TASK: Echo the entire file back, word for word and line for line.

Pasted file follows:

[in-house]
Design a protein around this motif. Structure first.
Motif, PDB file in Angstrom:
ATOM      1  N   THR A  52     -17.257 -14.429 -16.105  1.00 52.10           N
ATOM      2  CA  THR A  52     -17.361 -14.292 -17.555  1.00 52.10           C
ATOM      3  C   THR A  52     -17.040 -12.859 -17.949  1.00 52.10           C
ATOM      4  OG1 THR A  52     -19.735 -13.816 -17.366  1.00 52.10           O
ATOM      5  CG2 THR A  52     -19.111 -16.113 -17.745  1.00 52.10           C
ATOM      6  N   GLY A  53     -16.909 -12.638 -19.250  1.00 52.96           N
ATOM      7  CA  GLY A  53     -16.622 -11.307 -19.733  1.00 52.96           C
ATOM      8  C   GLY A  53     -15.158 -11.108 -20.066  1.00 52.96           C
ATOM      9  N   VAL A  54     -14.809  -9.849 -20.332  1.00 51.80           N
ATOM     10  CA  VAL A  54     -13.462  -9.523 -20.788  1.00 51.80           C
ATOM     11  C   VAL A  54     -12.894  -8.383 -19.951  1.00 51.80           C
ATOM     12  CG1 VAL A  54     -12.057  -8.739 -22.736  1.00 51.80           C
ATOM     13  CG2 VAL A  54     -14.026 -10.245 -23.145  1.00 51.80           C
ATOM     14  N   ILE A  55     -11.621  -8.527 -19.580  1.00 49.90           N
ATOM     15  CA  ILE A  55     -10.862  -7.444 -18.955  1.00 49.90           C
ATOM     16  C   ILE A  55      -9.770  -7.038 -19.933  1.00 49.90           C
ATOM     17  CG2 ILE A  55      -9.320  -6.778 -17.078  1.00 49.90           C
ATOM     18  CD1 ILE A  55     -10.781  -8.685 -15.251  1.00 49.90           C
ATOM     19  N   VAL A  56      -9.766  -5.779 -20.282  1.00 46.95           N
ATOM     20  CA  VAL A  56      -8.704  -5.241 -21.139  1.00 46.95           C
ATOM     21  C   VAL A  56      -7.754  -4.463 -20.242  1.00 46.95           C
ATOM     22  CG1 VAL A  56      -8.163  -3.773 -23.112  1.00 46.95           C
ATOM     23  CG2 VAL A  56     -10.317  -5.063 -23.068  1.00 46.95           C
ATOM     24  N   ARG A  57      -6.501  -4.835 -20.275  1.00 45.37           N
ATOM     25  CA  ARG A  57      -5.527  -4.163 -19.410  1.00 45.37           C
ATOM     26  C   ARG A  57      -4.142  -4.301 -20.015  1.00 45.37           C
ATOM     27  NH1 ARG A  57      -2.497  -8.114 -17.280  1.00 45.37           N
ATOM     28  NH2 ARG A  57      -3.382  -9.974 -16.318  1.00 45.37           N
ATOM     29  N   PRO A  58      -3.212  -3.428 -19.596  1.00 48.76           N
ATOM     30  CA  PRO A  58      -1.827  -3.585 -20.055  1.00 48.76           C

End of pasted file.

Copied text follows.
[in-house]
Design a protein around this motif. Structure first.
Motif, PDB file in Angstrom:
ATOM      1  N   THR A  52     -17.257 -14.429 -16.105  1.00 52.10           N
ATOM      2  CA  THR A  52     -17.361 -14.292 -17.555  1.00 52.10           C
ATOM      3  C   THR A  52     -17.040 -12.859 -17.949  1.00 52.10           C
ATOM      4  OG1 THR A  52     -19.735 -13.816 -17.366  1.00 52.10           O
ATOM      5  CG2 THR A  52     -19.111 -16.113 -17.745  1.00 52.10           C
ATOM      6  N   GLY A  53     -16.909 -12.638 -19.250  1.00 52.96           N
ATOM      7  CA  GLY A  53     -16.622 -11.307 -19.733  1.00 52.96           C
ATOM      8  C   GLY A  53     -15.158 -11.108 -20.066  1.00 52.96           C
ATOM      9  N   VAL A  54     -14.809  -9.849 -20.332  1.00 51.80           N
ATOM     10  CA  VAL A  54     -13.462  -9.523 -20.788  1.00 51.80           C
ATOM     11  C   VAL A  54     -12.894  -8.383 -19.951  1.00 51.80           C
ATOM     12  CG1 VAL A  54     -12.057  -8.739 -22.736  1.00 51.80           C
ATOM     13  CG2 VAL A  54     -14.026 -10.245 -23.145  1.00 51.80           C
ATOM     14  N   ILE A  55     -11.621  -8.527 -19.580  1.00 49.90           N
ATOM     15  CA  ILE A  55     -10.862  -7.444 -18.955  1.00 49.90           C
ATOM     16  C   ILE A  55      -9.770  -7.038 -19.933  1.00 49.90           C
ATOM     17  CG2 ILE A  55      -9.320  -6.778 -17.078  1.00 49.90           C
ATOM     18  CD1 ILE A  55     -10.781  -8.685 -15.251  1.00 49.90           C
ATOM     19  N   VAL A  56      -9.766  -5.779 -20.282  1.00 46.95           N
ATOM     20  CA  VAL A  56      -8.704  -5.241 -21.139  1.00 46.95           C
ATOM     21  C   VAL A  56      -7.754  -4.463 -20.242  1.00 46.95           C
ATOM     22  CG1 VAL A  56      -8.163  -3.773 -23.112  1.00 46.95           C
ATOM     23  CG2 VAL A  56     -10.317  -5.063 -23.068  1.00 46.95           C
ATOM     24  N   ARG A  57      -6.501  -4.835 -20.275  1.00 45.37           N
ATOM     25  CA  ARG A  57      -5.527  -4.163 -19.410  1.00 45.37           C
ATOM     26  C   ARG A  57      -4.142  -4.301 -20.015  1.00 45.37           C
ATOM     27  NH1 ARG A  57      -2.497  -8.114 -17.280  1.00 45.37           N
ATOM     28  NH2 ARG A  57      -3.382  -9.974 -16.318  1.00 45.37           N
ATOM     29  N   PRO A  58      -3.212  -3.428 -19.596  1.00 48.76           N
ATOM     30  CA  PRO A  58      -1.827  -3.585 -20.055  1.00 48.76           C